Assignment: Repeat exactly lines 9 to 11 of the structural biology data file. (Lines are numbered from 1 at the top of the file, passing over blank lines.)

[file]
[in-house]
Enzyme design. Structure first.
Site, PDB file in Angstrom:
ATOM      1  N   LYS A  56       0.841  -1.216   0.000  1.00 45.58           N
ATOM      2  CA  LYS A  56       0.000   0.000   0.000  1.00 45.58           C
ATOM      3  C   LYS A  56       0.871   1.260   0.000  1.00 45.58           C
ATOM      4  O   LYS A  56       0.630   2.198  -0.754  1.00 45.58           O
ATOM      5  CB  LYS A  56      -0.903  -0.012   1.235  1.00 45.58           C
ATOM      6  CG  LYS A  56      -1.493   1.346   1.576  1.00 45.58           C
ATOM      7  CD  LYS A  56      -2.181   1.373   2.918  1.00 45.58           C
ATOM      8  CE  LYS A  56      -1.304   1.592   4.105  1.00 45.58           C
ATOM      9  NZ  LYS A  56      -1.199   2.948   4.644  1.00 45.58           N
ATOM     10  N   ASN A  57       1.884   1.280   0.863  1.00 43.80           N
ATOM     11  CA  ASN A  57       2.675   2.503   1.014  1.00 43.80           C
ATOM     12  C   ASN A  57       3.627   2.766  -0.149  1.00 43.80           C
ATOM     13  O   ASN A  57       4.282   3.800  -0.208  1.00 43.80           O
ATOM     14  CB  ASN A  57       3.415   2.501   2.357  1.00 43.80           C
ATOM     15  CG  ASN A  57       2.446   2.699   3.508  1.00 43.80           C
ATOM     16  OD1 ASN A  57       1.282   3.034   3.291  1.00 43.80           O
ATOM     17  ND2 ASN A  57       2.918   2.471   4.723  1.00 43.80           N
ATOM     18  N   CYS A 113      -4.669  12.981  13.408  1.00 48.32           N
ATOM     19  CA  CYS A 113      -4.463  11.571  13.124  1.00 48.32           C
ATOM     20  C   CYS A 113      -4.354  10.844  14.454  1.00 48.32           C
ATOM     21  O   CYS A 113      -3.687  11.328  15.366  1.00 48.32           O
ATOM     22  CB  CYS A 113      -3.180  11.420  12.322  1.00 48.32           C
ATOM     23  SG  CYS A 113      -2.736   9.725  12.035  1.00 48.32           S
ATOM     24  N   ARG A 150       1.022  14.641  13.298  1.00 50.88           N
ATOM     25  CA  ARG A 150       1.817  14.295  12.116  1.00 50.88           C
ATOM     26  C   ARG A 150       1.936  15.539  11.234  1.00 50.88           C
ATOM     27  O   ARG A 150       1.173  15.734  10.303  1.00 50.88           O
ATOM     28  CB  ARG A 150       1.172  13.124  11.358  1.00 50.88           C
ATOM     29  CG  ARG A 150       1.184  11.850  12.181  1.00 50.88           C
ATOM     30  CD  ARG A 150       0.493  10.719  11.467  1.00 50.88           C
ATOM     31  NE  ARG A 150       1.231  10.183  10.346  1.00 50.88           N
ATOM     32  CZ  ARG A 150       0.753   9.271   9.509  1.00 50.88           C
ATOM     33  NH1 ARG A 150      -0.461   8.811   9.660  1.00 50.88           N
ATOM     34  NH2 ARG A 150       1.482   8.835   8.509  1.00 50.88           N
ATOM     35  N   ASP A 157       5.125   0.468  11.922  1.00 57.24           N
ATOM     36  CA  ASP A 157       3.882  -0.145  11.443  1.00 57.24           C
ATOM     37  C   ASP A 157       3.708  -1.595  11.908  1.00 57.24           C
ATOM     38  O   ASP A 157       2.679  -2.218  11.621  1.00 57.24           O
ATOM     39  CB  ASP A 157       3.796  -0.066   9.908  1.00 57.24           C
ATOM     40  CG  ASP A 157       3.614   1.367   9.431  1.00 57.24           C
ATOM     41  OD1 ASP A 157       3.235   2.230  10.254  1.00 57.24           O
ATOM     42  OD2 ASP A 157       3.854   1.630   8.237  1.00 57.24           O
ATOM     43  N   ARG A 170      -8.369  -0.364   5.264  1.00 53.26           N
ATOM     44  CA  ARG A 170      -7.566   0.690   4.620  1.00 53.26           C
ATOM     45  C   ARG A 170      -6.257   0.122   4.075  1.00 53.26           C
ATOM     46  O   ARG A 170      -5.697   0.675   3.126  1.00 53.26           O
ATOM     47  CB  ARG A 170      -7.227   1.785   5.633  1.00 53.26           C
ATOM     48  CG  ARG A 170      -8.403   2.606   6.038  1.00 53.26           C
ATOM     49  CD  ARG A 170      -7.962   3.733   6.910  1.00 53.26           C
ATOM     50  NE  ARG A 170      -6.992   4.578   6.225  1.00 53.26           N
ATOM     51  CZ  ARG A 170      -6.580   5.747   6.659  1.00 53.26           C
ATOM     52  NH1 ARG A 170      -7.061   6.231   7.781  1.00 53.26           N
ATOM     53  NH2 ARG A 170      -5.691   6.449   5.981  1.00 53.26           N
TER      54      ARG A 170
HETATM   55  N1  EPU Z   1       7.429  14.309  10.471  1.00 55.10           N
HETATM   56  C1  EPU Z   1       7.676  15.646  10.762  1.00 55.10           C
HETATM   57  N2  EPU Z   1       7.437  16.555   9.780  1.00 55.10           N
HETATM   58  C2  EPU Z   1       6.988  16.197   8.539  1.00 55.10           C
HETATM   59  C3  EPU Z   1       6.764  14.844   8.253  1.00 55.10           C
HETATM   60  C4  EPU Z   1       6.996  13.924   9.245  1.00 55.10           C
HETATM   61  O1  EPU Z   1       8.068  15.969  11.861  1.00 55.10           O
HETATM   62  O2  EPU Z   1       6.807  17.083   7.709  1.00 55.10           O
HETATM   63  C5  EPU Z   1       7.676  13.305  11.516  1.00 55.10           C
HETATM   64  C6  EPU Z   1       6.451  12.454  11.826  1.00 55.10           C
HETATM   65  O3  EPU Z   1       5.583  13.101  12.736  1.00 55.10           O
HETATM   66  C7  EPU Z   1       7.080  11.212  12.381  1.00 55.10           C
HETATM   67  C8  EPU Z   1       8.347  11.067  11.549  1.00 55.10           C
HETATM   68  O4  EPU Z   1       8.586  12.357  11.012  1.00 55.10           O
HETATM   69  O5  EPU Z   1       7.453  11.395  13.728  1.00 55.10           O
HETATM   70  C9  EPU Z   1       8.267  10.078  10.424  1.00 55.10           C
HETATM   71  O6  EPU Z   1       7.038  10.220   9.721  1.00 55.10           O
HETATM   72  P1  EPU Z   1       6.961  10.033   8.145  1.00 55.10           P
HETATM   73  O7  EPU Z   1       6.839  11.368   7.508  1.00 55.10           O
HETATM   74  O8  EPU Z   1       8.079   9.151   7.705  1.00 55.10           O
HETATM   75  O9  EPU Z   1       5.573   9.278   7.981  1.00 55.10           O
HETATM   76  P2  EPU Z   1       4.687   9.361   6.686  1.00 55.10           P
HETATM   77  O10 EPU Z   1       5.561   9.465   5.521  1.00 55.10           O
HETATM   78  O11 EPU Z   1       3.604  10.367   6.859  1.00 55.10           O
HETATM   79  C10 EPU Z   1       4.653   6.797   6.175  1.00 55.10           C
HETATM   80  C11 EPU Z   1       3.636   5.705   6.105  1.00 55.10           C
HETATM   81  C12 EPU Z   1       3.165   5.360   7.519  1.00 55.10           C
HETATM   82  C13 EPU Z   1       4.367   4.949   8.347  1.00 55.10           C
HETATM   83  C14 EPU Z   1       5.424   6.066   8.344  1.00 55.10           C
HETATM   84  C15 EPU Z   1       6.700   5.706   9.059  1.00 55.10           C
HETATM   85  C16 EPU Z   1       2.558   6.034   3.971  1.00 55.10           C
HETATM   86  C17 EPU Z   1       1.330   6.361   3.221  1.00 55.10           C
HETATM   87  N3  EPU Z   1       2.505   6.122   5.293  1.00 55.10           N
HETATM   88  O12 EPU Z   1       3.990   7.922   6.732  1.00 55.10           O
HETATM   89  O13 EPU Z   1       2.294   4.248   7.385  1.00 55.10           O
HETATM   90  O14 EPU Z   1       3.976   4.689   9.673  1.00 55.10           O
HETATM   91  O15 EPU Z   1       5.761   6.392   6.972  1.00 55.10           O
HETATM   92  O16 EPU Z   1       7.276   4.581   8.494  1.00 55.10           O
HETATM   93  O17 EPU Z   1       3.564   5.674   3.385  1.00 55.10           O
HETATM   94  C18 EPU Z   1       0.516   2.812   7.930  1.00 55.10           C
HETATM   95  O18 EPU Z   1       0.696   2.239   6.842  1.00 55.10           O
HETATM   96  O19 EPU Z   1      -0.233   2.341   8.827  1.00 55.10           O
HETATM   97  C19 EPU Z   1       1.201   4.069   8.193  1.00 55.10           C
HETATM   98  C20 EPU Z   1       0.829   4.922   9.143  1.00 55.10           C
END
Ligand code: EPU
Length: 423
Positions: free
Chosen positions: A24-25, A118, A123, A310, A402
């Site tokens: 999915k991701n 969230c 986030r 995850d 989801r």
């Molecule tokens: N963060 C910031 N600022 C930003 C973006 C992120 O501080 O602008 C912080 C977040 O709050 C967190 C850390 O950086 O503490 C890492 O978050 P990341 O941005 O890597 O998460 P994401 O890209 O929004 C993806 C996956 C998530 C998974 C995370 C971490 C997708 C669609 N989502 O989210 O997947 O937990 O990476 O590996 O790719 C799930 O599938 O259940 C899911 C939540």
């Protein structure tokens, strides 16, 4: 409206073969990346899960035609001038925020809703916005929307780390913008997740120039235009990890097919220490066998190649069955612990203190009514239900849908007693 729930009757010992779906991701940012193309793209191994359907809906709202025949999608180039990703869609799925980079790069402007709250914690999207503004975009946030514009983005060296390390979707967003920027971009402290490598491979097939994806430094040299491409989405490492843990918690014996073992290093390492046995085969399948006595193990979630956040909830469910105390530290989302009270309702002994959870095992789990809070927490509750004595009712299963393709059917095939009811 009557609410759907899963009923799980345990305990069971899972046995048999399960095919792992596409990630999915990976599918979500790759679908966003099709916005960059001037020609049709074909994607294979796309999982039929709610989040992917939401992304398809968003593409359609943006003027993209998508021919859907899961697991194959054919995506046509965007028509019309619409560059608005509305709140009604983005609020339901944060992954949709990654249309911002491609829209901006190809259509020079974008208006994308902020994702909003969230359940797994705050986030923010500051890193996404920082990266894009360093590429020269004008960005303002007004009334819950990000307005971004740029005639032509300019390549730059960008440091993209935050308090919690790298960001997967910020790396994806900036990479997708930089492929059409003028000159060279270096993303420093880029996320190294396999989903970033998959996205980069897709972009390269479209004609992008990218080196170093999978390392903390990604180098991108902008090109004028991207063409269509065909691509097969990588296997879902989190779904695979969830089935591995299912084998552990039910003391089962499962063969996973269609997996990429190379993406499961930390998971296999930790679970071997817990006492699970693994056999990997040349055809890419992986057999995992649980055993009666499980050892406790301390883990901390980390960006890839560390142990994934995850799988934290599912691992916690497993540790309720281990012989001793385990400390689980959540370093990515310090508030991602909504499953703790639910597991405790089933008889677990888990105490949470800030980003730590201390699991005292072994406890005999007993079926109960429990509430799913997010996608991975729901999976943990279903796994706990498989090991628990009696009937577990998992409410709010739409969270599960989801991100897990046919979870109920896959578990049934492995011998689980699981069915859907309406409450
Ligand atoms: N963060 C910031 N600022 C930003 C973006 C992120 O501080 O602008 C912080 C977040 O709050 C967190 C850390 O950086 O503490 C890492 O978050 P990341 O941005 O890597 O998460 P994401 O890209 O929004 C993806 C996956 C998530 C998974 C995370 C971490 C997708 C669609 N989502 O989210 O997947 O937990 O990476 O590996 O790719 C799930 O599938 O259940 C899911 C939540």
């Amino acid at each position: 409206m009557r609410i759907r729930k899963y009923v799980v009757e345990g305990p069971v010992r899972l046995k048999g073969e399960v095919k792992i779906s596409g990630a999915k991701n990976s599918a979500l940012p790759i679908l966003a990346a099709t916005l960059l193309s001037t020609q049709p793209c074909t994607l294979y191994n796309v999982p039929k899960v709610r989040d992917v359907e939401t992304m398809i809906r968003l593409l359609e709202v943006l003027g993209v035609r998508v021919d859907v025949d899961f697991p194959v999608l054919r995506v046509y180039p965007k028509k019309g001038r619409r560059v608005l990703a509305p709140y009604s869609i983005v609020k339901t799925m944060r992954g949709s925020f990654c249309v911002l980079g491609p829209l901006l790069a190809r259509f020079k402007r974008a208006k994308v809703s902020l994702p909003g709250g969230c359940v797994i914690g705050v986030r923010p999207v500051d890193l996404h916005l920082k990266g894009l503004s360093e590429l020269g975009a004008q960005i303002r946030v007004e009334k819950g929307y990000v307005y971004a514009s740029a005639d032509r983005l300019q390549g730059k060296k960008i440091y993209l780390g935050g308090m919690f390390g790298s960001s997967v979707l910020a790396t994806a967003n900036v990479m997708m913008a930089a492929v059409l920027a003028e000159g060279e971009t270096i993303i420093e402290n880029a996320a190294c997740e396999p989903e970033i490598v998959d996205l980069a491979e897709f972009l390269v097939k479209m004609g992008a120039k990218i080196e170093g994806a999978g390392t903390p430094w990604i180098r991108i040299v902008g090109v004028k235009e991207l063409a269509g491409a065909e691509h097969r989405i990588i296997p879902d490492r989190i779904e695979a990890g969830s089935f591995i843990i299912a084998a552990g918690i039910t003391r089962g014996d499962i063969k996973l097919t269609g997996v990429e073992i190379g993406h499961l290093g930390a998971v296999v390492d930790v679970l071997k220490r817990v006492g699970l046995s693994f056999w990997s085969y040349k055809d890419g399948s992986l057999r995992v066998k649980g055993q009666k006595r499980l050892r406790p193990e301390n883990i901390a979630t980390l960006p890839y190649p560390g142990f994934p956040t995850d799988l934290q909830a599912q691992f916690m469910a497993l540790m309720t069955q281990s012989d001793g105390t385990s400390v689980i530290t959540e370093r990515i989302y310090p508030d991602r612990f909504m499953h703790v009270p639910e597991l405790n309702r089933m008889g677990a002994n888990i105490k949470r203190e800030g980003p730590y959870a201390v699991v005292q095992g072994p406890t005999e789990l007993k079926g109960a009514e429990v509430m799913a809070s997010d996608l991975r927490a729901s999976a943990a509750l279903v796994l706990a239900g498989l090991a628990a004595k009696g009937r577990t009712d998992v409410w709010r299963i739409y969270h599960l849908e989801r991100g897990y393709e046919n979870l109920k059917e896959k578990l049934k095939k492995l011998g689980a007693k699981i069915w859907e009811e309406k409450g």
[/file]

ATOM      6  CG  LYS A  56      -1.493   1.346   1.576  1.00 45.58           C
ATOM      7  CD  LYS A  56      -2.181   1.373   2.918  1.00 45.58           C
ATOM      8  CE  LYS A  56      -1.304   1.592   4.105  1.00 45.58           C